It drew a lot of buzz and excitement when the trailer for Graceland was shown at the 2012 USA Network Upfronts. Created by Jeff Eastin (creator of White Collar which airs on the same network), it already has a ready-made fan base before the first snippet of the show even saw the light of day. Of course, it doesn’t hurt that the show stars one of the hottest names and faces right now, Aaron Tveit, whose portrayal of Enjolras in last year’s big screen musical version of Les Miserables, had us all in tears and applauding at his talent.
To clarify, Graceland is not set in Memphis or about the life and times of Elvis Presley. According to Eastin, the premise of the show – in which undercover agents from the FBI, Customs and Drug Enforcement Agency share a house on the beach in Southern California – is based on real life events. In this case, the house the agents live in is so-named because it was seized from a drug lord who was a hard-core Elvis fan.
We all love a fish-out-of-water story, and Graceland delivers in spades. Our fish is newly-minted FBI agent, Mike Warren (Tveit), who, as a star graduate, expected to be assigned to D.C., but at the last minute, was sent to SoCal to join the team as an emergency placement after DEA agent Donnie Banks (Clayne Crawford) was shot and his cover blown during a sting gone wrong. His partner, Lauren Kincaid (Scottie Thompson), managed to keep her cover intact, but is not happy with Mike’s arrival.
For his part, Mike is smart (graduated top of his class) and excited to learn from Paul Briggs (Daniel Sunjata), a highly-decorated and legendary FBI agent who is something of a leader of the mixed team at Graceland. Keeping Briggs in check is his boss, Gerry Silvo (Jay Karnes). And then there’s the Big Boss, Agent Sam Campbell (Courtney B. Vance), whose biggest piece of advice to the new graduates is that life as an FBI agent will not be anything like they expect it to be.
Despite his lack of field experience, Mike proves himself to be a fast learner (surfing, Spanish and the art of wearing flip-flops). As undercover agents, Briggs advises Mike: “your lies are your life”. But in Graceland, there are no secrets between the agents, except for Briggs, whose unexplained sabbatical from the FBI a few years ago, makes him a big mystery – and the reason for Mike’s assignment at Graceland.
Series pilots can sometimes be a little tedious as they try to introduce all the characters and their relationships with each other, while also providing enough entertainment to keep the audience coming back. We get a glimpse of this world of secrets and lies through the eyes of Mike as he meets each of his new roommates. He is picked up from the airport by fellow FBI Agent Joe “Johnny” Tutturro (Manny Montana) and gets a tour akin to an initiation into the college dorm, setting him up for trouble with Customs agent Dale Jakes (Brandon Jay McLaren), who seems a little territorial with his breakfast foods. He gets a slightly warmer welcome from another FBI agent, Catherine “Charlie” Lopez (Vanessa Ferlito), though not quite the first impression he would have expected.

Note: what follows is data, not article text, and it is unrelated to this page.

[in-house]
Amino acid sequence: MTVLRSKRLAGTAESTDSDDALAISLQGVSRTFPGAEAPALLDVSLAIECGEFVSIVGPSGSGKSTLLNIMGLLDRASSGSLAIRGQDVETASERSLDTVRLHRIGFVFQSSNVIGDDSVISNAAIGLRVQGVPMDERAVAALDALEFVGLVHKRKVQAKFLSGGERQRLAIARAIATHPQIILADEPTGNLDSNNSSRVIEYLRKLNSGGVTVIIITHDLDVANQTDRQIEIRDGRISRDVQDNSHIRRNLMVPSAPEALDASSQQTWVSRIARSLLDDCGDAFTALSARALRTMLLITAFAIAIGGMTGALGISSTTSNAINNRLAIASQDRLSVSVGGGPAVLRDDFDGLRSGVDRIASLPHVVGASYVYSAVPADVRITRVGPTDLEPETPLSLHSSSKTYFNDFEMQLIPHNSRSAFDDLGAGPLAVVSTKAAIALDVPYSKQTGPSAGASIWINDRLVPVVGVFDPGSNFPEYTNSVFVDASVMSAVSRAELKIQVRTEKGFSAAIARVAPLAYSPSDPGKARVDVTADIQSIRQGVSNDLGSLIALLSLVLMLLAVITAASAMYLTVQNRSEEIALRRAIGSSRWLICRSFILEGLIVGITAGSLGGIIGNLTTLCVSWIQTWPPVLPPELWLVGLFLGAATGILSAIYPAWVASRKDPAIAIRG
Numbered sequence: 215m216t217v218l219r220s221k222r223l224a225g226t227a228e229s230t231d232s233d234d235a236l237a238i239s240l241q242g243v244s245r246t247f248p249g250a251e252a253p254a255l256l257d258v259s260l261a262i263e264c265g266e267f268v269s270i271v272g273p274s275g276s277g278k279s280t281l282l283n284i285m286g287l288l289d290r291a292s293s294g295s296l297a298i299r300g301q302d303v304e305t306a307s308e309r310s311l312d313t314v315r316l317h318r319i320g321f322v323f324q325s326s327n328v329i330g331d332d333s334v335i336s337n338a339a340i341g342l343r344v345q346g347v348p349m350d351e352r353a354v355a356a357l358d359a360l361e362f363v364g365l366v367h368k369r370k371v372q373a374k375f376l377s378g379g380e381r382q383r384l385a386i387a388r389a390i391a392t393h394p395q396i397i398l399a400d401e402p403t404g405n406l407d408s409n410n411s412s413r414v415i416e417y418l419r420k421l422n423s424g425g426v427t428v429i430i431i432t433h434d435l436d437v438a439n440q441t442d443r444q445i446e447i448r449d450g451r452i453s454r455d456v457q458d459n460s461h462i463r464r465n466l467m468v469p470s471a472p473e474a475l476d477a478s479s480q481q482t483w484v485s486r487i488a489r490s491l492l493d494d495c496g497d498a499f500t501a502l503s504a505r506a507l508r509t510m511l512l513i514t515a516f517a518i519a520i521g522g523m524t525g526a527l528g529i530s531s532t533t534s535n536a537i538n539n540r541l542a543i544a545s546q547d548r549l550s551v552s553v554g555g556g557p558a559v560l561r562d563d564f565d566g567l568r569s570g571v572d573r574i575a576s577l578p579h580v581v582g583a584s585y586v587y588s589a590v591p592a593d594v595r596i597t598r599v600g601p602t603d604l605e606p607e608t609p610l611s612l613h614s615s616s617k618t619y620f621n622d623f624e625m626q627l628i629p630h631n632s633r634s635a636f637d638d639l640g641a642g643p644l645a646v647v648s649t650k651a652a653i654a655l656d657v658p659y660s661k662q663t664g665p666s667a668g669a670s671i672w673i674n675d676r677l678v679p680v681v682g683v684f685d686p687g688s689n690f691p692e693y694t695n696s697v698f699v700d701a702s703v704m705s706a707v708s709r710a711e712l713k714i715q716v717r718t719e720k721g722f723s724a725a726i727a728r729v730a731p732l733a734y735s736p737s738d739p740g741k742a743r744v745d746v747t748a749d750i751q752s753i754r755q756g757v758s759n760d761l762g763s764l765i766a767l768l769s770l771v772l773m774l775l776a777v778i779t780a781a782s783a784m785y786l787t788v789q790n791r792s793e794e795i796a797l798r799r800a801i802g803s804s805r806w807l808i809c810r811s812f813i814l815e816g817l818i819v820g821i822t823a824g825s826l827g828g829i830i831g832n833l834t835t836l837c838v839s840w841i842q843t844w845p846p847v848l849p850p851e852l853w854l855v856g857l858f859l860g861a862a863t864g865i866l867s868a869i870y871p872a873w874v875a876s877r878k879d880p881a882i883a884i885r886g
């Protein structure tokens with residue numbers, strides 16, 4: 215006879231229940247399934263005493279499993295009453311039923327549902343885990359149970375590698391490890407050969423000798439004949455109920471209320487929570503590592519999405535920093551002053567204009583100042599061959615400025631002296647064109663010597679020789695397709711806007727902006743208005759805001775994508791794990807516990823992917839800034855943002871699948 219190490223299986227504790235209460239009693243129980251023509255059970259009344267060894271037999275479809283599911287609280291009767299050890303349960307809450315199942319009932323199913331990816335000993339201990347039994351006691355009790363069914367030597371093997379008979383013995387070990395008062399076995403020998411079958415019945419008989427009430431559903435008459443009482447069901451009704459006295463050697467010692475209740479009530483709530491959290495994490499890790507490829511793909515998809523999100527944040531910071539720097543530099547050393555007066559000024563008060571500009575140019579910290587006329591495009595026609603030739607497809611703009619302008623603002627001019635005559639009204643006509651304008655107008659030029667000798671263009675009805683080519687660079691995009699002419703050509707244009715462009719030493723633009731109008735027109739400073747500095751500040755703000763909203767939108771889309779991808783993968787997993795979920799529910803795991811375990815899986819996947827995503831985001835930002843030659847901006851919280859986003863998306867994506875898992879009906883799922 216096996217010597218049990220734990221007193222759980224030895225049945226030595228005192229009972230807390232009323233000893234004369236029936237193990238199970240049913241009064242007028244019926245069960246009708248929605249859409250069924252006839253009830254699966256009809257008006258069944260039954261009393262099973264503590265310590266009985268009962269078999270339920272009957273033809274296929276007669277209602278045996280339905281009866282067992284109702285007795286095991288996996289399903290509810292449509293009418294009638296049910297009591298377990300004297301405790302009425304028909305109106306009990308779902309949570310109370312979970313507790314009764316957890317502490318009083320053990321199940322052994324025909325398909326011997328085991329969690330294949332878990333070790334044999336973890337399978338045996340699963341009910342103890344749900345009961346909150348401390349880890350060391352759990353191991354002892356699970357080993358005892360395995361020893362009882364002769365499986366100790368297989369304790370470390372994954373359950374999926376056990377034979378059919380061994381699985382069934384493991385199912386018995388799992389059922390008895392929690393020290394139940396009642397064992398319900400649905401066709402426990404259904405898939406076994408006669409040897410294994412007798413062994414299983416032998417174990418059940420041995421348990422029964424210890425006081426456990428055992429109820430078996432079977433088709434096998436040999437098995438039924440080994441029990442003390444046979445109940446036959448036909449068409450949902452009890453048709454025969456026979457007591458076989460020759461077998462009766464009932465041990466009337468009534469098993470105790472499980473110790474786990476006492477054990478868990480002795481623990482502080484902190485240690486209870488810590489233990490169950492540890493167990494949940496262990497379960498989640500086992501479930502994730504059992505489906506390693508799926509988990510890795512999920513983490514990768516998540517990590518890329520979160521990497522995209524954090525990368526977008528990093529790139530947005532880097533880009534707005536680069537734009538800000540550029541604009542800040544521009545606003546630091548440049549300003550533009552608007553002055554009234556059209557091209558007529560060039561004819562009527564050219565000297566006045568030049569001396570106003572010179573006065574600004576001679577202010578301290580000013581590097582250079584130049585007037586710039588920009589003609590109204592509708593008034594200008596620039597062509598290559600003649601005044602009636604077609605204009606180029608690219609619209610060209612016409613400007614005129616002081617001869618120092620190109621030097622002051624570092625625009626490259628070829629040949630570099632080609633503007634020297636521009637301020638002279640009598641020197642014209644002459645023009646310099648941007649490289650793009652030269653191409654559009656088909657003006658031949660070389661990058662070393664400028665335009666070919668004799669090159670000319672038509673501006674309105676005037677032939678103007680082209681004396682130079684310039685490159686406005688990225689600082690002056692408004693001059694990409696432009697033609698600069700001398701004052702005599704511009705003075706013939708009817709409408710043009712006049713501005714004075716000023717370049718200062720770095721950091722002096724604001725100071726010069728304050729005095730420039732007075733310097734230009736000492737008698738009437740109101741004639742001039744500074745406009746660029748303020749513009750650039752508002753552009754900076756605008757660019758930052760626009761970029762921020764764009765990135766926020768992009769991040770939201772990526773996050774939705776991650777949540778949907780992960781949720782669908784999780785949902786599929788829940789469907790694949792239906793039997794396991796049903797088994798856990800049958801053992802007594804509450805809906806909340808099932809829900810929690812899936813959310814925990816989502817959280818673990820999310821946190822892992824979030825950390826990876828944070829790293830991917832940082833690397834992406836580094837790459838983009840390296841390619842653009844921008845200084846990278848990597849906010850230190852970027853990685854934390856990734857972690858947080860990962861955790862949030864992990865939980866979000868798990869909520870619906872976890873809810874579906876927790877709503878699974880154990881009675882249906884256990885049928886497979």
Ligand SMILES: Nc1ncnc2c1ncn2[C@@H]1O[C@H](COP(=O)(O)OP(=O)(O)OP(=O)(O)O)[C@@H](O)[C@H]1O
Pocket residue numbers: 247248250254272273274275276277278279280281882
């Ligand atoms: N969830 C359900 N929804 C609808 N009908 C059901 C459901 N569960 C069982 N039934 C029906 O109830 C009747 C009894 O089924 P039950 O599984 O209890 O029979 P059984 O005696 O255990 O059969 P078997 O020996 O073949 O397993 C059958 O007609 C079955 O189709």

Mike has very little time to settle into his new life before he is given his first job trying to take out a link in the chain of Mexican/Russian drug dealers who Lauren and Donnie had been working undercover with. A simple sting set up by Briggs ends up with complications when Mike’s cover is almost blown, and a more elaborate scheme is required to save the lives of a number of people. Mike is quick on his feet and quickly earns himself a nickname in the house.
Fans of White Collar will feel a sense of familiarity as they watch Graceland (not the least of which is the safe house scene) which is not surprising given Eastin enlisted a trusted crew for this pilot (and even many of the writers for the series) including producer Keira Morrisette, director Russell Lee Fine, composer Jon Ehrlich and editor Doug Hannah, to name a few. There is Eastin’s trademark sense of humor as well as the edge-of-your-seat cliffhanger. However, Graceland is much darker given the world these agents operate in, but the sun, surf and sand ensures this show still fits within the USA Network “blue sky” world.
Even if you have watched the special preview on On Demand last month, it will not take away the enjoyment you will get from repeated viewing of this pilot episode – it will just make you keener to see the rest. My only disappointment is that Scottie Thompson’s Lauren will not stick around for the series, but we will see the introduction of Paige (Serinda Swan) for the remainder of the season, whose absence in the pilot is explained in a throwaway line that she is away on assignment.
GRACELAND “Pilot” premieres on USA Network on Thursday, June 6, at 10/9c.